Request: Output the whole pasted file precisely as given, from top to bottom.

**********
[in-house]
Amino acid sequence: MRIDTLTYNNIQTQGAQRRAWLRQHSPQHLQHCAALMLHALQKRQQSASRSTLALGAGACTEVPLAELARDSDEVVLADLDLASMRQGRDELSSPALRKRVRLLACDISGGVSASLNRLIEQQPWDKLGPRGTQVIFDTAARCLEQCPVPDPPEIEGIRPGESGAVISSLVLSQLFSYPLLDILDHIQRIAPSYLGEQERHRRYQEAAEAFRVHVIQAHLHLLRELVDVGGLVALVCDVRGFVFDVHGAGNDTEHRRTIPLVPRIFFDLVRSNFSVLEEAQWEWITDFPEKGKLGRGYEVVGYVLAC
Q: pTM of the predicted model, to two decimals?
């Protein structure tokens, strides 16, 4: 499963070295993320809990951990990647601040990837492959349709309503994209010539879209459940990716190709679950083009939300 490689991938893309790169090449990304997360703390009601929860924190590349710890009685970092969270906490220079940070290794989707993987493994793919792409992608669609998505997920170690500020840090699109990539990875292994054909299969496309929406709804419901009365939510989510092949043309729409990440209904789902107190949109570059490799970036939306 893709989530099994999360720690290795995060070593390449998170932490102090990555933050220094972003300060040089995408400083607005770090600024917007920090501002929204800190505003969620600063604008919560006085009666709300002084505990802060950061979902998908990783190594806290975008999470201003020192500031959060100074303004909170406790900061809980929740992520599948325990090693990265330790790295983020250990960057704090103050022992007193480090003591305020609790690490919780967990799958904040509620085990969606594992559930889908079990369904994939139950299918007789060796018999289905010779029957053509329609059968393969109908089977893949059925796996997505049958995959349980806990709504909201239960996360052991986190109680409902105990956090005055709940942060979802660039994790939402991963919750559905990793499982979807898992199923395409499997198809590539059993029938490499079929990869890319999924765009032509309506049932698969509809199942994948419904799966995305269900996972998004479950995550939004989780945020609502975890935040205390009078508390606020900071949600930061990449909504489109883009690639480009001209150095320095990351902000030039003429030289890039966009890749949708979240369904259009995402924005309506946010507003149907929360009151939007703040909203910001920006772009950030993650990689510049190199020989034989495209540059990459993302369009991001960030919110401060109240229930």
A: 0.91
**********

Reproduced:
[in-house]
Amino acid sequence: MRIDTLTYNNIQTQGAQRRAWLRQHSPQHLQHCAALMLHALQKRQQSASRSTLALGAGACTEVPLAELARDSDEVVLADLDLASMRQGRDELSSPALRKRVRLLACDISGGVSASLNRLIEQQPWDKLGPRGTQVIFDTAARCLEQCPVPDPPEIEGIRPGESGAVISSLVLSQLFSYPLLDILDHIQRIAPSYLGEQERHRRYQEAAEAFRVHVIQAHLHLLRELVDVGGLVALVCDVRGFVFDVHGAGNDTEHRRTIPLVPRIFFDLVRSNFSVLEEAQWEWITDFPEKGKLGRGYEVVGYVLAC
Q: pTM of the predicted model, to two decimals?
């Protein structure tokens, strides 16, 4: 499963070295993320809990951990990647601040990837492959349709309503994209010539879209459940990716190709679950083009939300 490689991938893309790169090449990304997360703390009601929860924190590349710890009685970092969270906490220079940070290794989707993987493994793919792409992608669609998505997920170690500020840090699109990539990875292994054909299969496309929406709804419901009365939510989510092949043309729409990440209904789902107190949109570059490799970036939306 893709989530099994999360720690290795995060070593390449998170932490102090990555933050220094972003300060040089995408400083607005770090600024917007920090501002929204800190505003969620600063604008919560006085009666709300002084505990802060950061979902998908990783190594806290975008999470201003020192500031959060100074303004909170406790900061809980929740992520599948325990090693990265330790790295983020250990960057704090103050022992007193480090003591305020609790690490919780967990799958904040509620085990969606594992559930889908079990369904994939139950299918007789060796018999289905010779029957053509329609059968393969109908089977893949059925796996997505049958995959349980806990709504909201239960996360052991986190109680409902105990956090005055709940942060979802660039994790939402991963919750559905990793499982979807898992199923395409499997198809590539059993029938490499079929990869890319999924765009032509309506049932698969509809199942994948419904799966995305269900996972998004479950995550939004989780945020609502975890935040205390009078508390606020900071949600930061990449909504489109883009690639480009001209150095320095990351902000030039003429030289890039966009890749949708979240369904259009995402924005309506946010507003149907929360009151939007703040909203910001920006772009950030993650990689510049190199020989034989495209540059990459993302369009991001960030919110401060109240229930």
A: 0.91